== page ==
Platelet Glycoprotein Ibα Binds to Thrombin Anion-binding Exosite II Inducing Allosteric Changes in the Activity of Thrombin

Chester Q. Li, Alessandro Vindigni, J. Evan Sadler, Mark R. Wardell

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The glycoprotein (GP) Ib-IX complex is a platelet surface receptor that binds thrombin as one of its ligands, although the biological significance of thrombin interaction remains unclear. In this study we have used several approaches to investigate the GPIbα-thrombin interaction in more detail and to study its effect on the thrombin-induced elaboration of fibrin. We found that both glycocalicin and the amino-terminal fragment of GPIbα reduced the release of fibrin-opeptide A from fibrinogen by about 50% by a noncompetitive allosteric mechanism. Similarly, GPIbα caused in thrombin an allosteric reduction in the rate of turnover of the small peptide substrate D-Phe-Pro-Arg-pNA. The Kd for the glycocalicin-thrombin interaction was 1 μM at physiological ionic strength but was highly salt-dependent, decreasing to 0.19 μM at 100 mM NaCl (Γsalt = -4.2). The salt dependence was characteristic of other thrombin ligands that bind to exosite II of this enzyme, and we confirmed this as the GPIbμ-binding site on thrombin by using thrombin mutants and by competition binding studies. R68E or R70E mutations in exosite I of thrombin had little effect on its interaction with GPIbα. Both the allosteric inhibition of fibrinogen turnover caused by GPIbα binding to these mutants, and the Kd values for their interactions with GPIbα were similar to those of wild-type thrombin. In contrast, R89E and K248E mutations in exosite II of thrombin markedly increased the K d values for the interactions of these thrombin mutants with GPIbα by 10- and 25-fold, respectively. Finally, we demonstrated that low molecular weight heparin (which binds to thrombin exosite II) but not hirugen (residues 54-65 of hirudin, which binds to exosite I of thrombin) inhibited thrombin binding to GPIbα. These data demonstrate that GPIbα binds to thrombin exosite II and in so doing causes a conformational change in the active site of thrombin by an allosteric mechanism that alters the accessibility of both its natural substrate, fibrinogen, and the small peptidyl substrate D-Phe-Pro-Arg-pNA.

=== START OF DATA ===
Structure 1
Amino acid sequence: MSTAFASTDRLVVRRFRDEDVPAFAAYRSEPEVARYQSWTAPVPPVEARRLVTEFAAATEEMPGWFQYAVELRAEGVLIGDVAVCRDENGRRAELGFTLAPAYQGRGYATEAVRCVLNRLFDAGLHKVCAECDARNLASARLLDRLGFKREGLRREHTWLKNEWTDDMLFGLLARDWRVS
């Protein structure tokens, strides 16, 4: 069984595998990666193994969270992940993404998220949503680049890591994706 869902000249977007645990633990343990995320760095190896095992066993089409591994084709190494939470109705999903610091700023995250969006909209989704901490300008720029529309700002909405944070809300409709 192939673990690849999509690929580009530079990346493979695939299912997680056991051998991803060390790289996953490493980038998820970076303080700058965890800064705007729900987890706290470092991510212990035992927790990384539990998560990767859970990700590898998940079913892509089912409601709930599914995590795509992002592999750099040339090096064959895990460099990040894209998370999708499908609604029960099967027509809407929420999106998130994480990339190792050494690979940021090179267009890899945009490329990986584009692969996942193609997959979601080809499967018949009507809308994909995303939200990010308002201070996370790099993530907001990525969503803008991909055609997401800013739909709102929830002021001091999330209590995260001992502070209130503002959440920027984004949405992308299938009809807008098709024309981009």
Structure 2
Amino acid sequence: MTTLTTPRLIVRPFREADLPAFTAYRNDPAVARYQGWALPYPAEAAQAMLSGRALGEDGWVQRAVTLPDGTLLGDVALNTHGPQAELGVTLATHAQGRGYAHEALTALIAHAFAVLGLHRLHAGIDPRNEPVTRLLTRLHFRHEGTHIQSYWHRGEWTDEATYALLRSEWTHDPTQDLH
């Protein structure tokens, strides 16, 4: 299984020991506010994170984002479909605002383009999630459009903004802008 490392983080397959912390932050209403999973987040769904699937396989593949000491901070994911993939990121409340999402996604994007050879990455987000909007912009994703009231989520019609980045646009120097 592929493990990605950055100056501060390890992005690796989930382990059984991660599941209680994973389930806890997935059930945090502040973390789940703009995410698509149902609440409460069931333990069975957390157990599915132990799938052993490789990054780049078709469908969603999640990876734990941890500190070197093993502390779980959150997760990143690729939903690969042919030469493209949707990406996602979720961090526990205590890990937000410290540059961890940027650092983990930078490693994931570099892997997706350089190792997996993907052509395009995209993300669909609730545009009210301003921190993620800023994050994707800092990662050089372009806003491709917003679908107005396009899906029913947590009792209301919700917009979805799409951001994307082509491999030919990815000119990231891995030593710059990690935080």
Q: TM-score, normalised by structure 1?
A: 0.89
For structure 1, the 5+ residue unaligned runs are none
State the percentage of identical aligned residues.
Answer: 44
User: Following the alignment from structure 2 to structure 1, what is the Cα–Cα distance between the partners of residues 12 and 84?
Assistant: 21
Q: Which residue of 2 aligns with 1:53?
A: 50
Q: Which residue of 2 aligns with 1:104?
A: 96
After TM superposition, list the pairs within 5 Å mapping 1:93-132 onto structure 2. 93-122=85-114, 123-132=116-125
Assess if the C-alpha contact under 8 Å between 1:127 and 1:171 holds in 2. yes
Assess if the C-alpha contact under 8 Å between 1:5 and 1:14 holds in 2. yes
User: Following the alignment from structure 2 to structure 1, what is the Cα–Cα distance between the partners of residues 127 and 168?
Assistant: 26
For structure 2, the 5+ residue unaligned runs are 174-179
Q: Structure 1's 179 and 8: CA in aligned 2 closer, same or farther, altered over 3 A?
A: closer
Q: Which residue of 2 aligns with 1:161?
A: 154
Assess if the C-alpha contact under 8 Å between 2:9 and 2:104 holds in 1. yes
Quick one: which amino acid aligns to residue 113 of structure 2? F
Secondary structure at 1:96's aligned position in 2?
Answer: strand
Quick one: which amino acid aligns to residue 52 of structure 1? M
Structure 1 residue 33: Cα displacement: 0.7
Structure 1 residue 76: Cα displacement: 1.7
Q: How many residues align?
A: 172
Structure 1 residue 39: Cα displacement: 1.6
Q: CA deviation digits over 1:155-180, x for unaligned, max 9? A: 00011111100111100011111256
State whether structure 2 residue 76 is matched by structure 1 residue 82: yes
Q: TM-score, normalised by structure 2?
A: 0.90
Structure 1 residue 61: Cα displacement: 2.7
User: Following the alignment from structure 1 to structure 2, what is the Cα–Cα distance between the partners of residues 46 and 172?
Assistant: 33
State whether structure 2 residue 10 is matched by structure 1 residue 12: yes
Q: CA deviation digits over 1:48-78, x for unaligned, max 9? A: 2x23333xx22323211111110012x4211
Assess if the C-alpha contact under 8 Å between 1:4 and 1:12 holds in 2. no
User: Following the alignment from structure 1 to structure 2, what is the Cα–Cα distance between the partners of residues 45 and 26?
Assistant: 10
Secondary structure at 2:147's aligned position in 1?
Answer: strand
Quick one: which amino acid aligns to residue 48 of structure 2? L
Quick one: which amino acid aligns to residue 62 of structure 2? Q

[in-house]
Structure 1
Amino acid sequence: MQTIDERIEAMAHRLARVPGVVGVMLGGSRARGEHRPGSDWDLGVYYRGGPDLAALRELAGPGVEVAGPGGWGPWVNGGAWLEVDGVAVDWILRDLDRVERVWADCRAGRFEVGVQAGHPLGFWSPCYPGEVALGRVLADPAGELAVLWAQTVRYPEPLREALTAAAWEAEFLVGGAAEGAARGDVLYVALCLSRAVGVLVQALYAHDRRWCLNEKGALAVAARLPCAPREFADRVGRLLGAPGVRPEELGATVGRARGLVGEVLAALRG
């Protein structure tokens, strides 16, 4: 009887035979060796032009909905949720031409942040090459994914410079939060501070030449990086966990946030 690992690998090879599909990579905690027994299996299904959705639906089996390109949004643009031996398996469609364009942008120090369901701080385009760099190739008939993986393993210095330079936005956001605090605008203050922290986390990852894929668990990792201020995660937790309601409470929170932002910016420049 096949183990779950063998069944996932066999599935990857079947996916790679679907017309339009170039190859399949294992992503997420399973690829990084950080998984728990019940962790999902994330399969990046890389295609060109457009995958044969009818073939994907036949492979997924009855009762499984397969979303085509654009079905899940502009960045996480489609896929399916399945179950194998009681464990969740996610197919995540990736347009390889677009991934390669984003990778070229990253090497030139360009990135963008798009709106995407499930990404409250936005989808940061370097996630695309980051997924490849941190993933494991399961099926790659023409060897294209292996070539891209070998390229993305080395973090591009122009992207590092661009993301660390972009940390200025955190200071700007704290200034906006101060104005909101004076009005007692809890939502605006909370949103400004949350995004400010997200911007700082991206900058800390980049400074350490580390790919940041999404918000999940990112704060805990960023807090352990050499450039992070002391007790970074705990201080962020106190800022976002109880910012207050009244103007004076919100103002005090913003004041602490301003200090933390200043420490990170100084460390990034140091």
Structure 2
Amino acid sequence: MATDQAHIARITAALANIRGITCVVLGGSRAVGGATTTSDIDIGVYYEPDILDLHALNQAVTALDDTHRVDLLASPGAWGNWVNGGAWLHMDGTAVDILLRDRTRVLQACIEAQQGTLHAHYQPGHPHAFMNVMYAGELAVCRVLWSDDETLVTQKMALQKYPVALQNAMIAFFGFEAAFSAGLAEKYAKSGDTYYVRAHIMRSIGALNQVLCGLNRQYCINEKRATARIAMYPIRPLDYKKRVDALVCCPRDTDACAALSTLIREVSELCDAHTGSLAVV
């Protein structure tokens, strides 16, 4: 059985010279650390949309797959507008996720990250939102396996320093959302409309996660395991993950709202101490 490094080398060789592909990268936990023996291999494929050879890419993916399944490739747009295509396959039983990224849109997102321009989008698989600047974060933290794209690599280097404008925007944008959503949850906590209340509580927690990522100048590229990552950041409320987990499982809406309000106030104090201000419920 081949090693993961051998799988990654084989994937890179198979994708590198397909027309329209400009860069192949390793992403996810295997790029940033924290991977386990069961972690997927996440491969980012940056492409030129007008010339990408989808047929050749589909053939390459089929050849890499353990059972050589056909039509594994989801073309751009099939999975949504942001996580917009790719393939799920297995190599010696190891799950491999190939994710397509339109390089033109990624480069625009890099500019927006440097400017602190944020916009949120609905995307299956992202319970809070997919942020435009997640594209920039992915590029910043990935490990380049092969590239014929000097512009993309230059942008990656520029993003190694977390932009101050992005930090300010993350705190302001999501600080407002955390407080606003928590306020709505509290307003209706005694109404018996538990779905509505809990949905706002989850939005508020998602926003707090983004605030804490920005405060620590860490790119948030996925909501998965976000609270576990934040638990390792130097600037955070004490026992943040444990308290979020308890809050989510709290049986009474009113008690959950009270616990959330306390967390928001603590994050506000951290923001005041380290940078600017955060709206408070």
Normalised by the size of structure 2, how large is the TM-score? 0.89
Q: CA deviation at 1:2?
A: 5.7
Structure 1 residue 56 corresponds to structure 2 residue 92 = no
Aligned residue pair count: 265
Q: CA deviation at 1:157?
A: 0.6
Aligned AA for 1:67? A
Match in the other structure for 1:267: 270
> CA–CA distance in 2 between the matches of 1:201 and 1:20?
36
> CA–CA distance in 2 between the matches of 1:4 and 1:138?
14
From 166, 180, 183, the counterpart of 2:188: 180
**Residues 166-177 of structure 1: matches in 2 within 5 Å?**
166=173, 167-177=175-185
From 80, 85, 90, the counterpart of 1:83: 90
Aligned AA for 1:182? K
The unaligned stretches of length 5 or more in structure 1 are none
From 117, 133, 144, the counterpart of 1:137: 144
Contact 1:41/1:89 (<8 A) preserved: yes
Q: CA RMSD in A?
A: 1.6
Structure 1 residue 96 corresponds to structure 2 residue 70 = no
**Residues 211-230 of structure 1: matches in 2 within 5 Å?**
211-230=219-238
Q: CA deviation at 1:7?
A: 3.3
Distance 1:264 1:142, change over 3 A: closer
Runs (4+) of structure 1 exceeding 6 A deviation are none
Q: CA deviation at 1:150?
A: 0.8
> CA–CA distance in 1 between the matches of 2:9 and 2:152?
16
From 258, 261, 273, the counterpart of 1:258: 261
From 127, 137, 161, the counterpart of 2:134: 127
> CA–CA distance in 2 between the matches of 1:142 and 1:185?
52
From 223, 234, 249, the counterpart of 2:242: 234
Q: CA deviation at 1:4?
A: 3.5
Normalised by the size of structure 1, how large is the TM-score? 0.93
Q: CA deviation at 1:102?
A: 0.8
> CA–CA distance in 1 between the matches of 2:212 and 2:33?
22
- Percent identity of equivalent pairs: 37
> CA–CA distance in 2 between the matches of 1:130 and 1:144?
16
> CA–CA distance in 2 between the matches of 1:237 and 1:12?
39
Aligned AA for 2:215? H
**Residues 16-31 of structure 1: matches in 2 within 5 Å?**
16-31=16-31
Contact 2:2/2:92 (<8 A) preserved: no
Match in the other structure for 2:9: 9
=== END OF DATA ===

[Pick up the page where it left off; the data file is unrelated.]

Original languageEnglish
Pages (from-to)6161-6168
Number of pages8
JournalJournal of Biological Chemistry
Issue number9
StatePublished - Mar 2 2001


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